The dope shame has shaken the country again even as the Indian contingent in Rio is gearing up to win medals and hearts at the Olympics. Grappler Narsingh Yadav and shot putter Inderjeet Singh have been tested positive for banned drugs, reiterating that the grip of doping monster on Indian sportpersons hasn't loosened a bit. National Anti-Doping Agency (NADA) records suggest that on an average, as many as 100 athletes are tested positive and banned for using performance enhancing drugs. It comes as no surprise then that India is among the toppers in the World Anti-Doping Agency’s (WADA) doping blacklist.
As the doping debate rages on, let us take a look at five of the infamous doping cases in the country.
A promising discus thrower, who strode up to the podium at the Asian Championships in 2000 and the Afro-Asian Games in 2003, Anil Kumar faced disgrace when he was tested positive for Norandrosterone—a substance banned by WADA. He had earned medals at 1998 Asian Game in Bangkok, Thailand, and 2002 Asian Games in Busan, South Korea. Kumar was disqualified from the 2005 Asian Championships in Incheon, South Korea, and was stripped of the bronze medal he had won at the championship after he was found guilty in 2007. He faced a two-year retrospective ban from September 2005 to September 2007.
Podium finishes at 2010 Delhi Commonwealth Games in 4x400 m relay and 2010 Guangzhou Asian Games in both 4x400 m relay and 400 m hurdles catapulted sprinter Ashwini Akkunji to front pages and fame. But disgrace followed soon. She was tested positive for anabolic steroids in 2011. The two-year cost her an opportunity to represent the country in Asian athletics championships in Japan and 2012 London Olympics. Her relay mates—Mandeep Kaur and Sini Jose—too were tested positive for performance enhancing drugs, facing a similar ban.
Discus thrower Seema Poonia, who is part of India's Rio contingent, had a stint with stimulants which led her to losing the gold medal she won at World Junior Athletic Championships at Santiago, Chile in 2000. She was tested positive for Pseudoephedrine—a medication for cold and a stimulant. Poonia, however, did not face a ban. The infamy was forgotten after she struck silver at 2006 Commonwealth Games at Melbourne, but caught up with her in the same year. She was tested positive for Stanozolol—a banned substance. Although she was cleared off the charges by Athletics Federation of India (AFI), Poonia chose not to participate in the 2006 Doha Asian Games. She managed to leave the dishonour behind to win the gold medal at the 2014 Asian Games and a silver at 2014 Commonwealth Games in Glasgow.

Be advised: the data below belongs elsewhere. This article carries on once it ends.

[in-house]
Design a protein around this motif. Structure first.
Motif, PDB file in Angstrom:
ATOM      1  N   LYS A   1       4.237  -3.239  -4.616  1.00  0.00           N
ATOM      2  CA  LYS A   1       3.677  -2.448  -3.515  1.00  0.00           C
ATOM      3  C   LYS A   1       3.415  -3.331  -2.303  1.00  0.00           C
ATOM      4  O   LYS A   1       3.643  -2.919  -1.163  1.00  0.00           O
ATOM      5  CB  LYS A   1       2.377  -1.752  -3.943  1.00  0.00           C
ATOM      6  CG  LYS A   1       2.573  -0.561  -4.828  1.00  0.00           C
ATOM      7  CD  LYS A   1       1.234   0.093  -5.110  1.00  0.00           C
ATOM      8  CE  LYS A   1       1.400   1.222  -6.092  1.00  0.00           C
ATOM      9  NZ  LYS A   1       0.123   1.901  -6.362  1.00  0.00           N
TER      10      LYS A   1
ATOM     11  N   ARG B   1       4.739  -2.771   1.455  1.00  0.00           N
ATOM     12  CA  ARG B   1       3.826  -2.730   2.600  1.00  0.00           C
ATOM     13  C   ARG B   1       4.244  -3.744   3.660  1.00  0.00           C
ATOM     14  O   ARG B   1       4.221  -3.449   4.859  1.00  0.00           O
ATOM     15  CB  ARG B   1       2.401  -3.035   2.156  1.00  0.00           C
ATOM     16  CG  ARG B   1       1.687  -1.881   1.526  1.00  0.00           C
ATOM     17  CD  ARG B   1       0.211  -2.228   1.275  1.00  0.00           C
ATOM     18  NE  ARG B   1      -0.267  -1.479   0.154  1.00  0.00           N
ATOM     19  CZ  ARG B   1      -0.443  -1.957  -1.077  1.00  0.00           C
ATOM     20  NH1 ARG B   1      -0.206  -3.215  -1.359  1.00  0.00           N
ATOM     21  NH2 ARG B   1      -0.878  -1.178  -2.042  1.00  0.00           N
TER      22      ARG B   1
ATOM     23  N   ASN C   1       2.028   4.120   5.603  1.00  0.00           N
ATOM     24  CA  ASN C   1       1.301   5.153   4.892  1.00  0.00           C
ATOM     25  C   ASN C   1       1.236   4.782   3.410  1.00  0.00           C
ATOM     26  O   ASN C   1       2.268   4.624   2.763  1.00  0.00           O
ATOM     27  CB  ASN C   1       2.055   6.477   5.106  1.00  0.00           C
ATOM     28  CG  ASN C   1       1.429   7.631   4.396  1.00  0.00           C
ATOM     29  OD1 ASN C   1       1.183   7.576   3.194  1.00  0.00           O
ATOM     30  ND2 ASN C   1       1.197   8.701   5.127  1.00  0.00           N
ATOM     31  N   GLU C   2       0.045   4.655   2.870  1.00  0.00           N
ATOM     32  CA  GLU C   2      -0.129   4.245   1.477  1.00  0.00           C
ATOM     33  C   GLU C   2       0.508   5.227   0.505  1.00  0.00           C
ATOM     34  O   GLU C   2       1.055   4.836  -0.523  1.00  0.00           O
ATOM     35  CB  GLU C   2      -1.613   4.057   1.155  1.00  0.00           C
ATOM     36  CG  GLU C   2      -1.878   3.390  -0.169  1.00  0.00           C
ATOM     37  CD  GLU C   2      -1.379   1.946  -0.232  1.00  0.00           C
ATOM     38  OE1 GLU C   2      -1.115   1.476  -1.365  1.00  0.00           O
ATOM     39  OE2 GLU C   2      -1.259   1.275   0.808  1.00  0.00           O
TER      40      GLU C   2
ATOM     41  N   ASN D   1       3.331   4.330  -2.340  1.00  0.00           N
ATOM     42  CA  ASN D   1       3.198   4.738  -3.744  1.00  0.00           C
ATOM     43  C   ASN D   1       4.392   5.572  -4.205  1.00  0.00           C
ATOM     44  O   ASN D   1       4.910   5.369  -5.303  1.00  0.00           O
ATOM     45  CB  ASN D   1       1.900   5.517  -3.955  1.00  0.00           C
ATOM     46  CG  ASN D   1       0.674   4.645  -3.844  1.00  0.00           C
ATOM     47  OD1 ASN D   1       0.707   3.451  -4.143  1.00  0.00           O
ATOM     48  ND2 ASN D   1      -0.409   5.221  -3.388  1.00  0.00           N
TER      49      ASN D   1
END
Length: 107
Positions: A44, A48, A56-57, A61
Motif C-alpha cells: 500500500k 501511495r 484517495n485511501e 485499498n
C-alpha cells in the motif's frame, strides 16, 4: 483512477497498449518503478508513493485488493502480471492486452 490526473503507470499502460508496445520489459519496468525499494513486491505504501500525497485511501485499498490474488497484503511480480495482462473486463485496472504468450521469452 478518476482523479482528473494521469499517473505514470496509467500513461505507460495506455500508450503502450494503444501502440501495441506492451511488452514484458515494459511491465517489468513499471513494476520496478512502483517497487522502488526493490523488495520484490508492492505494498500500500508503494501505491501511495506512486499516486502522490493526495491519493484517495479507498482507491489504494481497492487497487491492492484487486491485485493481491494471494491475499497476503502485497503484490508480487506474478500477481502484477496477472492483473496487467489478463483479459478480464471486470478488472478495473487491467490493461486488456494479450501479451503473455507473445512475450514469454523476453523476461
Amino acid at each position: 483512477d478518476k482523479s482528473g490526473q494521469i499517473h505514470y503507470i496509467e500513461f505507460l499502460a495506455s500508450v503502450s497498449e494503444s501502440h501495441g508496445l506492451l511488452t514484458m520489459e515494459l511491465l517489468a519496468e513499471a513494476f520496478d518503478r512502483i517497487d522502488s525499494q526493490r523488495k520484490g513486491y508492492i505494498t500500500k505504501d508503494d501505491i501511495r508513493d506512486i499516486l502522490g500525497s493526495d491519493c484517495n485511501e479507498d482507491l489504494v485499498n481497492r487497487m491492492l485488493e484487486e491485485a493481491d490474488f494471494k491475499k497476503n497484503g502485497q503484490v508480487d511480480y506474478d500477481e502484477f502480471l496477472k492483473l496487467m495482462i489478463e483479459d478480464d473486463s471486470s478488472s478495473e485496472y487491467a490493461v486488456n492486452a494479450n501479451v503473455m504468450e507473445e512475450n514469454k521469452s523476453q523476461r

The menace of performance enhancing substance isn't limited to athletics. It has spread its tentacles into the beautiful game, tainting the career of former Mumbai FC player Dane Pereira. The midfielder was tested positive for Nandrolone—an anabolic steroid—in 2015 in a random dope test conducted by NADA. The test was conducted, adhering to the rules of Asian Football Confederations (AFC) which are implemented by the All Indian Football Federation (AIFF) in the I-League. Pereira, who faced a one-year ban from April 2015, is all set to make a comeback.
The gentleman's game too has its own share of doping woes. Pradeep Sangwan, a medium pacer who was deft with the bat as well, was handed an 18-months ban after he was found guilty of consuming a banned anabolic steroid. Sangwan was part of the U-19 World Cup which went on to win the cup in 2008 and had represented Delhi in Ranji Trophy before being roped into Kolkata Knight Riders squad in 2011. The cricketer was banned from BCCI-organised events from May 6, 2013 to November 5, 2014 after he was tested positive for Stanozolol—a prohibited steroid—during IPL 2013. BCCI’s Anti-Doping Tribunal refused to buy the pacer's claim that he consumed the banned substance accidentally after his gym instructor told him that it would help in fat reduction. BCCI follows its own anti-doping procedures as it does not come under WADA and NADA.